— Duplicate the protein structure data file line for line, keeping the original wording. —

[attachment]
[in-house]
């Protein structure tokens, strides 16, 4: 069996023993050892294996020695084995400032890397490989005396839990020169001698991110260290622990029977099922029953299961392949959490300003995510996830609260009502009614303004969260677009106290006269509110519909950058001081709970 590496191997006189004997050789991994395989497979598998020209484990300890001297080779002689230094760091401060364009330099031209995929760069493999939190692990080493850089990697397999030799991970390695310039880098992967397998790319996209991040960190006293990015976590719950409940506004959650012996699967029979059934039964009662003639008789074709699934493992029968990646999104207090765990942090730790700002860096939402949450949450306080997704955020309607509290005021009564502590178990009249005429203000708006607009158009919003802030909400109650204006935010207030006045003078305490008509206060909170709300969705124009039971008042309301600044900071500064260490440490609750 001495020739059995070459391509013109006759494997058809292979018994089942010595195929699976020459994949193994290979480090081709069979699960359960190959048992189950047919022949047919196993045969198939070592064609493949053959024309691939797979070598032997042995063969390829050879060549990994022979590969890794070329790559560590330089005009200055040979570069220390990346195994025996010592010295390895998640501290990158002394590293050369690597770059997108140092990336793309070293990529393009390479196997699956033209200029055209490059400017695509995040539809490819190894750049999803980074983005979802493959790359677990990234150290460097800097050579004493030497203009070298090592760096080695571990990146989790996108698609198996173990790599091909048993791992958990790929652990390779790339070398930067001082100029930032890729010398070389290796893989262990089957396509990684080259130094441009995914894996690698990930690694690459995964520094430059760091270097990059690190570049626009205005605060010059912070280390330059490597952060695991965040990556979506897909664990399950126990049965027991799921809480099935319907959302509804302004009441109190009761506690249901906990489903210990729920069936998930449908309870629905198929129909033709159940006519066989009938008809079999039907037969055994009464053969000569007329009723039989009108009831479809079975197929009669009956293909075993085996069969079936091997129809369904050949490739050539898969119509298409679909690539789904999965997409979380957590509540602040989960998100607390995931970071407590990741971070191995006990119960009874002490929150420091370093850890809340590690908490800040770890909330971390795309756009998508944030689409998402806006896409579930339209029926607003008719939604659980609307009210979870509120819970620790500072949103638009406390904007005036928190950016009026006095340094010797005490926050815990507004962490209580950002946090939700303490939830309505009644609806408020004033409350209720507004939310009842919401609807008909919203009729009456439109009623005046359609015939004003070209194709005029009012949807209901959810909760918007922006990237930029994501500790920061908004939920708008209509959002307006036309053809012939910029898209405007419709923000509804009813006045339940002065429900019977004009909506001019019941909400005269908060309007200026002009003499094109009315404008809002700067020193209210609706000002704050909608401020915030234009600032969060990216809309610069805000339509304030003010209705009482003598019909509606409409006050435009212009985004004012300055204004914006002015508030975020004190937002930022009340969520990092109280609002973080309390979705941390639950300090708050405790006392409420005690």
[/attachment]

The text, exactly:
[in-house]
């Protein structure tokens, strides 16, 4: 069996023993050892294996020695084995400032890397490989005396839990020169001698991110260290622990029977099922029953299961392949959490300003995510996830609260009502009614303004969260677009106290006269509110519909950058001081709970 590496191997006189004997050789991994395989497979598998020209484990300890001297080779002689230094760091401060364009330099031209995929760069493999939190692990080493850089990697397999030799991970390695310039880098992967397998790319996209991040960190006293990015976590719950409940506004959650012996699967029979059934039964009662003639008789074709699934493992029968990646999104207090765990942090730790700002860096939402949450949450306080997704955020309607509290005021009564502590178990009249005429203000708006607009158009919003802030909400109650204006935010207030006045003078305490008509206060909170709300969705124009039971008042309301600044900071500064260490440490609750 001495020739059995070459391509013109006759494997058809292979018994089942010595195929699976020459994949193994290979480090081709069979699960359960190959048992189950047919022949047919196993045969198939070592064609493949053959024309691939797979070598032997042995063969390829050879060549990994022979590969890794070329790559560590330089005009200055040979570069220390990346195994025996010592010295390895998640501290990158002394590293050369690597770059997108140092990336793309070293990529393009390479196997699956033209200029055209490059400017695509995040539809490819190894750049999803980074983005979802493959790359677990990234150290460097800097050579004493030497203009070298090592760096080695571990990146989790996108698609198996173990790599091909048993791992958990790929652990390779790339070398930067001082100029930032890729010398070389290796893989262990089957396509990684080259130094441009995914894996690698990930690694690459995964520094430059760091270097990059690190570049626009205005605060010059912070280390330059490597952060695991965040990556979506897909664990399950126990049965027991799921809480099935319907959302509804302004009441109190009761506690249901906990489903210990729920069936998930449908309870629905198929129909033709159940006519066989009938008809079999039907037969055994009464053969000569007329009723039989009108009831479809079975197929009669009956293909075993085996069969079936091997129809369904050949490739050539898969119509298409679909690539789904999965997409979380957590509540602040989960998100607390995931970071407590990741971070191995006990119960009874002490929150420091370093850890809340590690908490800040770890909330971390795309756009998508944030689409998402806006896409579930339209029926607003008719939604659980609307009210979870509120819970620790500072949103638009406390904007005036928190950016009026006095340094010797005490926050815990507004962490209580950002946090939700303490939830309505009644609806408020004033409350209720507004939310009842919401609807008909919203009729009456439109009623005046359609015939004003070209194709005029009012949807209901959810909760918007922006990237930029994501500790920061908004939920708008209509959002307006036309053809012939910029898209405007419709923000509804009813006045339940002065429900019977004009909506001019019941909400005269908060309007200026002009003499094109009315404008809002700067020193209210609706000002704050909608401020915030234009600032969060990216809309610069805000339509304030003010209705009482003598019909509606409409006050435009212009985004004012300055204004914006002015508030975020004190937002930022009340969520990092109280609002973080309390979705941390639950300090708050405790006392409420005690």